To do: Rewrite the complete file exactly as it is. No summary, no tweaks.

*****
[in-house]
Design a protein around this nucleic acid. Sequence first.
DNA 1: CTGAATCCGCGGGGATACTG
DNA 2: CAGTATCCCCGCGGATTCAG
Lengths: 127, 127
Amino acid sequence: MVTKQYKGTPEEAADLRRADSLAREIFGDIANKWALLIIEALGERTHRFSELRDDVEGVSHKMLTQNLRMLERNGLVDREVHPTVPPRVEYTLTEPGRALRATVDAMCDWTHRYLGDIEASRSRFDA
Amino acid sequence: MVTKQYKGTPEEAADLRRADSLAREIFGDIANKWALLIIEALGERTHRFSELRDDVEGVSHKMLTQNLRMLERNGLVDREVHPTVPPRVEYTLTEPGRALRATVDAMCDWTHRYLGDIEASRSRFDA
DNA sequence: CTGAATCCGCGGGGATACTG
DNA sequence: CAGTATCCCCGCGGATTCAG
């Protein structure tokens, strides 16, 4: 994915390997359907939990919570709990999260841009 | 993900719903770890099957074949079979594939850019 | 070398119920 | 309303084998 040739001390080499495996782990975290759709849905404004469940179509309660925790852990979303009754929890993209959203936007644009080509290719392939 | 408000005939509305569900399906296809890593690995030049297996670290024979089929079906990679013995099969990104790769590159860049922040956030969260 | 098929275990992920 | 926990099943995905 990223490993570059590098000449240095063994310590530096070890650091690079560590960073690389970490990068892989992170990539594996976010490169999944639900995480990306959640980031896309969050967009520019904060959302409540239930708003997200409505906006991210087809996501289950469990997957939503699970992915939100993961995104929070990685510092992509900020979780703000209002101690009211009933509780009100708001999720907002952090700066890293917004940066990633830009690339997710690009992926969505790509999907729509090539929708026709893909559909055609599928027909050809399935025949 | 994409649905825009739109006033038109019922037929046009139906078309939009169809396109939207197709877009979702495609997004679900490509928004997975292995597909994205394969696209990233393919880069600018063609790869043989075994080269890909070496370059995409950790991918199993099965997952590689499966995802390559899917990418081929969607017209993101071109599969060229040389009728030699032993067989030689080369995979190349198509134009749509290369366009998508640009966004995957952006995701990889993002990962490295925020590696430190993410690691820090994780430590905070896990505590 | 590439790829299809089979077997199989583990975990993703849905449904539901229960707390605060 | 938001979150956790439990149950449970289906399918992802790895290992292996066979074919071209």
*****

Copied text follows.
[in-house]
Design a protein around this nucleic acid. Sequence first.
DNA 1: CTGAATCCGCGGGGATACTG
DNA 2: CAGTATCCCCGCGGATTCAG
Lengths: 127, 127
Amino acid sequence: MVTKQYKGTPEEAADLRRADSLAREIFGDIANKWALLIIEALGERTHRFSELRDDVEGVSHKMLTQNLRMLERNGLVDREVHPTVPPRVEYTLTEPGRALRATVDAMCDWTHRYLGDIEASRSRFDA
Amino acid sequence: MVTKQYKGTPEEAADLRRADSLAREIFGDIANKWALLIIEALGERTHRFSELRDDVEGVSHKMLTQNLRMLERNGLVDREVHPTVPPRVEYTLTEPGRALRATVDAMCDWTHRYLGDIEASRSRFDA
DNA sequence: CTGAATCCGCGGGGATACTG
DNA sequence: CAGTATCCCCGCGGATTCAG
């Protein structure tokens, strides 16, 4: 994915390997359907939990919570709990999260841009 | 993900719903770890099957074949079979594939850019 | 070398119920 | 309303084998 040739001390080499495996782990975290759709849905404004469940179509309660925790852990979303009754929890993209959203936007644009080509290719392939 | 408000005939509305569900399906296809890593690995030049297996670290024979089929079906990679013995099969990104790769590159860049922040956030969260 | 098929275990992920 | 926990099943995905 990223490993570059590098000449240095063994310590530096070890650091690079560590960073690389970490990068892989992170990539594996976010490169999944639900995480990306959640980031896309969050967009520019904060959302409540239930708003997200409505906006991210087809996501289950469990997957939503699970992915939100993961995104929070990685510092992509900020979780703000209002101690009211009933509780009100708001999720907002952090700066890293917004940066990633830009690339997710690009992926969505790509999907729509090539929708026709893909559909055609599928027909050809399935025949 | 994409649905825009739109006033038109019922037929046009139906078309939009169809396109939207197709877009979702495609997004679900490509928004997975292995597909994205394969696209990233393919880069600018063609790869043989075994080269890909070496370059995409950790991918199993099965997952590689499966995802390559899917990418081929969607017209993101071109599969060229040389009728030699032993067989030689080369995979190349198509134009749509290369366009998508640009966004995957952006995701990889993002990962490295925020590696430190993410690691820090994780430590905070896990505590 | 590439790829299809089979077997199989583990975990993703849905449904539901229960707390605060 | 938001979150956790439990149950449970289906399918992802790895290992292996066979074919071209």